Modeling CICR in rat ventricular myocytes: voltage clamp studies
Palade, Philip T.
Clark, John W.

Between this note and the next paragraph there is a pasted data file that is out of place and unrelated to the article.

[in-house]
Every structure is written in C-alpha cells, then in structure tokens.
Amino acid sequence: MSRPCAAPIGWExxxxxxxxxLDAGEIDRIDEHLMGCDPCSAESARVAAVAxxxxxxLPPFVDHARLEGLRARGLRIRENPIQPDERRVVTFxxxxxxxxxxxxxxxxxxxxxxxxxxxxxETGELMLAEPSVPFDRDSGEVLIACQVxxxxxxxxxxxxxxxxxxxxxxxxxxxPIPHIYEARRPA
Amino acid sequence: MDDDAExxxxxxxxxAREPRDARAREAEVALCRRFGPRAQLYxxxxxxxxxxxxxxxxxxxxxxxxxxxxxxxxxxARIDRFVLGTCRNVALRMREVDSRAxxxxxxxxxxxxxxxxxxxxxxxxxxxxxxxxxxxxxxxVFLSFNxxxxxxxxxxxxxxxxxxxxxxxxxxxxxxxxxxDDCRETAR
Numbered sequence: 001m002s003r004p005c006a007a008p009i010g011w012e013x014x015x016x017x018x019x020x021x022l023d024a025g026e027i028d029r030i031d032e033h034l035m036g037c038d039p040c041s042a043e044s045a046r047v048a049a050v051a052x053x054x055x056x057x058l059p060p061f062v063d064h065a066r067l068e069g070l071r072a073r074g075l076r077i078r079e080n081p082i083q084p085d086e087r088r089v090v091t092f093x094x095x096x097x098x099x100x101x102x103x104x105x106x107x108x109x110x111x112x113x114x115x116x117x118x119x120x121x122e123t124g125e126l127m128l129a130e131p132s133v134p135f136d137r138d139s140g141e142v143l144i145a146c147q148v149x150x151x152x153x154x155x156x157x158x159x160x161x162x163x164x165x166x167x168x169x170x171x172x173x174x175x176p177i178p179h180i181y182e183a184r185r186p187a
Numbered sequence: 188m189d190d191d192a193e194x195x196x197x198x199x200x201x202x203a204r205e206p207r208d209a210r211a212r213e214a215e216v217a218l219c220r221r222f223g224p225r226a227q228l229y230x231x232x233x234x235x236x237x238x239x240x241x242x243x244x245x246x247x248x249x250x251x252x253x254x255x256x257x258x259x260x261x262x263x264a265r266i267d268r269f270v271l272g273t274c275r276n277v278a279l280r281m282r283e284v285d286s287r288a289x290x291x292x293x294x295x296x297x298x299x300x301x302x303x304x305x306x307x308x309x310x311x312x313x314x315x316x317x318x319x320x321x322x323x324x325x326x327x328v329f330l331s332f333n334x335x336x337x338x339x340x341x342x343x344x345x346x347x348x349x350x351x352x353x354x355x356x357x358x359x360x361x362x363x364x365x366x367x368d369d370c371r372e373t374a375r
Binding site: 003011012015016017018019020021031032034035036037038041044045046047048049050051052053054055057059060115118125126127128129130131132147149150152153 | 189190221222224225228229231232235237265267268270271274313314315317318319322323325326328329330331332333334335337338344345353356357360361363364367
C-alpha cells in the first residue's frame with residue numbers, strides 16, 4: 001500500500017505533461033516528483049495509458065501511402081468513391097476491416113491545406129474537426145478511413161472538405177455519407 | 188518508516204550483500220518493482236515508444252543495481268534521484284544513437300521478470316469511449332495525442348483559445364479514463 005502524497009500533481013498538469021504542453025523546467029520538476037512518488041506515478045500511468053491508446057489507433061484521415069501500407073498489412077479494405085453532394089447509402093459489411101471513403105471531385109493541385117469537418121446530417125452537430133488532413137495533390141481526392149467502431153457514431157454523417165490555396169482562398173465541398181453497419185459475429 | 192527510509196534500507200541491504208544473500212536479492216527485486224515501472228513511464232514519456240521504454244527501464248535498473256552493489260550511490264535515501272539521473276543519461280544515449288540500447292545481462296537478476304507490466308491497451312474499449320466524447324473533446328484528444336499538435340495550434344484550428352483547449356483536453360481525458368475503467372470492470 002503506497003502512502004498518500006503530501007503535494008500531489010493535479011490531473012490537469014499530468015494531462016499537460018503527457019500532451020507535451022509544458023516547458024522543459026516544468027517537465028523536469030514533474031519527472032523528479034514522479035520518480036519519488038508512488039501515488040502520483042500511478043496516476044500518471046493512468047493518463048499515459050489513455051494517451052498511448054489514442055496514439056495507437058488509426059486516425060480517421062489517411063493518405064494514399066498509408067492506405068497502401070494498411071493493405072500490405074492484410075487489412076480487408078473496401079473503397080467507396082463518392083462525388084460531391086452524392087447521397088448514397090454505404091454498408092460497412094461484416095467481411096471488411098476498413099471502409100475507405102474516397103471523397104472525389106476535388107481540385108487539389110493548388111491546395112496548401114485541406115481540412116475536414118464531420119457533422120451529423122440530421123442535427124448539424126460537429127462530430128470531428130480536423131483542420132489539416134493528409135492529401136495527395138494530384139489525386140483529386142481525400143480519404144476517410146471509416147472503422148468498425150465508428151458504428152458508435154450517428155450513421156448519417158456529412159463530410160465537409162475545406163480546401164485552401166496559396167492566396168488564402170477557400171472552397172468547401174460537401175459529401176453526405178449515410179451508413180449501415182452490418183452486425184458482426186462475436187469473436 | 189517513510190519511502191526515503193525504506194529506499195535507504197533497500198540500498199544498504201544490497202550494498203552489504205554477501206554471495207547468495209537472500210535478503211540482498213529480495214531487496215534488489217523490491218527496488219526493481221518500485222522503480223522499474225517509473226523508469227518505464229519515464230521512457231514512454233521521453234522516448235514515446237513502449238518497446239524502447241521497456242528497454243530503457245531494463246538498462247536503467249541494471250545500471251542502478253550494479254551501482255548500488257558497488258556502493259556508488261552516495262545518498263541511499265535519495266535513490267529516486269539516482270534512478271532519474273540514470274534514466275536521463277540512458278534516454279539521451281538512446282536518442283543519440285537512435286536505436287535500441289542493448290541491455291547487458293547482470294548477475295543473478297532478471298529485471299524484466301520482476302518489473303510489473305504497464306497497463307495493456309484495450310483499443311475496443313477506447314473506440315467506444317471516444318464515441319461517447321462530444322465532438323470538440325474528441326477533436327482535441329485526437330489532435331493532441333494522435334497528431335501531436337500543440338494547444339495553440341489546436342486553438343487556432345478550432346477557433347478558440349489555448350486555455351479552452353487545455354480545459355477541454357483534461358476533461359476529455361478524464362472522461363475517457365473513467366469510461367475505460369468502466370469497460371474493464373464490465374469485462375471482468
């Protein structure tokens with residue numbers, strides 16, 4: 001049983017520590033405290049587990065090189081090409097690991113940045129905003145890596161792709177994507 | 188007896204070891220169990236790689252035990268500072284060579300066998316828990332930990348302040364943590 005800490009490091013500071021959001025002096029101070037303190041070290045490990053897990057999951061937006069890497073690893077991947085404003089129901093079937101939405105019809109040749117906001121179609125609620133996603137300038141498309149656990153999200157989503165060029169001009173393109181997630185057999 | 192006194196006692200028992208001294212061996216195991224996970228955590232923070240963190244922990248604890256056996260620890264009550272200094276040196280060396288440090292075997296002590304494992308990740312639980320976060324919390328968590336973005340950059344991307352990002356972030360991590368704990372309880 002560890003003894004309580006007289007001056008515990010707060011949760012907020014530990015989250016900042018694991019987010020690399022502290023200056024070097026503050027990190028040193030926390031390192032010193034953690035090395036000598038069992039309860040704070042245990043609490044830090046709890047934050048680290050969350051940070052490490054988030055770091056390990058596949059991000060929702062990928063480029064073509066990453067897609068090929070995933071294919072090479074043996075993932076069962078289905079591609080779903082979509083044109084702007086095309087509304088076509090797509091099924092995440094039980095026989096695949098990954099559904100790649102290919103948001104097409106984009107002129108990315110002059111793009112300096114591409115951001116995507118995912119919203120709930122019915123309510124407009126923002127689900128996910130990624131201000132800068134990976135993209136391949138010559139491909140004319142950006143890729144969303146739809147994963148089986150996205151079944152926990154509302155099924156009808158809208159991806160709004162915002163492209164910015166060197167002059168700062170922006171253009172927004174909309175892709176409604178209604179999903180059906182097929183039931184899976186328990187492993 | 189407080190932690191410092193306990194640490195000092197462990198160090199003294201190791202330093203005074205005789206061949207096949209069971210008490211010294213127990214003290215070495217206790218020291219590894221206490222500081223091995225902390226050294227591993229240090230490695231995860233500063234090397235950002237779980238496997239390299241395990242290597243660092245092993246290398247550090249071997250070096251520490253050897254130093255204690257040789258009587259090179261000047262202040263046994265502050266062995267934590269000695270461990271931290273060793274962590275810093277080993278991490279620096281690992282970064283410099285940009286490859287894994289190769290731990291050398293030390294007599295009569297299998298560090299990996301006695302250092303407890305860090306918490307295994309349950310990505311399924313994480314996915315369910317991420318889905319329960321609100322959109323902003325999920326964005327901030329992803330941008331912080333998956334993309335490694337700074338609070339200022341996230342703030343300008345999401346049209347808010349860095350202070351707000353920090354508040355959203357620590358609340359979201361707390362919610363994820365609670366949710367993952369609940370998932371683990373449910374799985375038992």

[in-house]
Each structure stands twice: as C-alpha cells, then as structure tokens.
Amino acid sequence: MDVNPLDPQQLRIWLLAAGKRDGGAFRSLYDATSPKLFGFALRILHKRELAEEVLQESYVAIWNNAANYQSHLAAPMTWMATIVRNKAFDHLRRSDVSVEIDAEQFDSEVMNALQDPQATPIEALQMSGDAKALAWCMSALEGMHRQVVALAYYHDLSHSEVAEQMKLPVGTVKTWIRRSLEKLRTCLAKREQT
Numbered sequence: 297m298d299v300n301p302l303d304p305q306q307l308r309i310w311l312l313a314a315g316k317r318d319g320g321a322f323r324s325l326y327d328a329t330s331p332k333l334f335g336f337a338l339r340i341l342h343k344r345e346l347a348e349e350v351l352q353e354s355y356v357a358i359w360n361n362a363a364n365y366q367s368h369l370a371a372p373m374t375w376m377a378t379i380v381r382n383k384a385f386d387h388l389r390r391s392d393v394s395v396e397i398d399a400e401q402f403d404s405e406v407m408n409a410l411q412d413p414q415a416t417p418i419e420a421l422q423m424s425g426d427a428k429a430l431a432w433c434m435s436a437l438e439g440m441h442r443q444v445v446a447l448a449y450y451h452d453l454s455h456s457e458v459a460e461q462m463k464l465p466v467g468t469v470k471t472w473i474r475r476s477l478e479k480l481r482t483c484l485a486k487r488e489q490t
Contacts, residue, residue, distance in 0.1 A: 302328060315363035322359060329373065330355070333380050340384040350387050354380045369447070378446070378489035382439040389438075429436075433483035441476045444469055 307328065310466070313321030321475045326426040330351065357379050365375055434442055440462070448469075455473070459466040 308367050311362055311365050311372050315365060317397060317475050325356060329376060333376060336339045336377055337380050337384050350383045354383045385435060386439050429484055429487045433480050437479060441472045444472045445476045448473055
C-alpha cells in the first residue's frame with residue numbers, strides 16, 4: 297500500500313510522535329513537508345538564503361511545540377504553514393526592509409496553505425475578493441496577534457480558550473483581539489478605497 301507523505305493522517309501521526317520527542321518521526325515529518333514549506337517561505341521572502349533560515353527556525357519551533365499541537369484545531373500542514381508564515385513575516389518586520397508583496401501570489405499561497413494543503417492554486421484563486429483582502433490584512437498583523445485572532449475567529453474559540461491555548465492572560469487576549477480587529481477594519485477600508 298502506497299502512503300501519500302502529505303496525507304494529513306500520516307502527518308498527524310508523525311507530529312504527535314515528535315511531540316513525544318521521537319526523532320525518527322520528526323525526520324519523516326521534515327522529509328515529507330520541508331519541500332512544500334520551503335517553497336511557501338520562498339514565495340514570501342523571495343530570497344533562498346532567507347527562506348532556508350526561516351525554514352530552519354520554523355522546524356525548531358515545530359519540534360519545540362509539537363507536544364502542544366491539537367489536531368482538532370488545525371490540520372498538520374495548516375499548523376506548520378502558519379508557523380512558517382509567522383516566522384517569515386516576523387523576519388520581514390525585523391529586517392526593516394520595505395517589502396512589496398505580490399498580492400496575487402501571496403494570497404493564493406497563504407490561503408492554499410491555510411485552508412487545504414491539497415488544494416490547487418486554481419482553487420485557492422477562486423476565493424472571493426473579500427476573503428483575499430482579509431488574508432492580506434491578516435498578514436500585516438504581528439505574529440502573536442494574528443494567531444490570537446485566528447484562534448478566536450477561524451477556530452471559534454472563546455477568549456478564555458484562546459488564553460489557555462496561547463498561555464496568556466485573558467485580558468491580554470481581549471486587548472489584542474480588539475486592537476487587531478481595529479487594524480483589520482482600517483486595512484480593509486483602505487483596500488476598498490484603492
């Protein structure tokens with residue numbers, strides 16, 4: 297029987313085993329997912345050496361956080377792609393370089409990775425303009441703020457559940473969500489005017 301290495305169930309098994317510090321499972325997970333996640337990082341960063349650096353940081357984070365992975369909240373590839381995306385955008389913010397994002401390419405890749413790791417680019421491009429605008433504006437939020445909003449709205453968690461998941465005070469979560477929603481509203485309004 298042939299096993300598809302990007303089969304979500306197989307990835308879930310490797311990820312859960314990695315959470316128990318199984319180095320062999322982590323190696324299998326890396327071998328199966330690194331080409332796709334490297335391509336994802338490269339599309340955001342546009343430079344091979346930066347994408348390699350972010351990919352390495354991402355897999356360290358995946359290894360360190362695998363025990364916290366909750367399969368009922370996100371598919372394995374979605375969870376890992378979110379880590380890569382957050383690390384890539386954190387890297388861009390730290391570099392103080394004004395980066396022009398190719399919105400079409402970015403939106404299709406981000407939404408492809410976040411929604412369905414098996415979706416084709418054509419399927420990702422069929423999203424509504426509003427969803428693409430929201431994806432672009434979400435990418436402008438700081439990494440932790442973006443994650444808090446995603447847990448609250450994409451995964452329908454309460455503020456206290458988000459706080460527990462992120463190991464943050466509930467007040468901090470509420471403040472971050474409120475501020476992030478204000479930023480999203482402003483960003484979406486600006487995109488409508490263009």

Background: The past thirty-five years have seen an intense search for the molecular mechanisms underlying calcium-induced calcium-release (CICR) in cardiac myocytes, with voltage clamp (VC) studies being the leading tool employed. Several VC protocols including lowering of extracellular calcium to affect Ca2+ loading of the sarcoplasmic reticulum (SR), and administration of blockers caffeine and thapsigargin have been utilized to probe the phenomena surrounding SR Ca2+ release. Here, we develop a deterministic mathematical model of a rat ventricular myocyte under VC conditions, to better understand mechanisms underlying the response of an isolated cell to calcium perturbation. Motivation for the study was to pinpoint key control variables influencing CICR and examine the role of CICR in the context of a physiological control system regulating cytosolic Ca2+ concentration ([Ca2+] myo ). Methods: The cell model consists of an electrical-equivalent model for the cell membrane and a fluid-compartment model describing the flux of ionic species between the extracellular and several intracellular compartments (cell cytosol, SR and the dyadic coupling unit (DCU), in which resides the mechanistic basis of CICR). The DCU is described as a controller-actuator mechanism, internally stabilized by negative feedback control of the unit's two diametrically-opposed Ca2+ channels (trigger-channel and release-channel). It releases Ca2+ flux into the cyto-plasm and is in turn enclosed within a negative feedback loop involving the SERCA pump, regulating[Ca2+] myo . Results: Our model reproduces measured VC data published by several laboratories, and generates graded Ca2+ release at high Ca2+ gain in a homeostatically-controlled environment where [Ca2+] myo is precisely regulated. We elucidate the importance of the DCU elements in this process, particularly the role of the ryanodine receptor in controlling SR Ca2+ release, its activation by trigger Ca2+, and its refractory characteristics mediated by the luminal SR Ca2+ sensor. Proper functioning of the DCU, sodium-calcium exchangers and SERCA pump are important in achieving negative feedback control and hence Ca2+ homeostasis. Conclusions: We examine the role of the above Ca2+ regulating mechanisms in handling various types of induced disturbances in Ca2+ levels by quantifying cellular Ca2+ balance. Our model provides biophysically-based explanations of phenomena associated with CICR generating useful and testable hypotheses.
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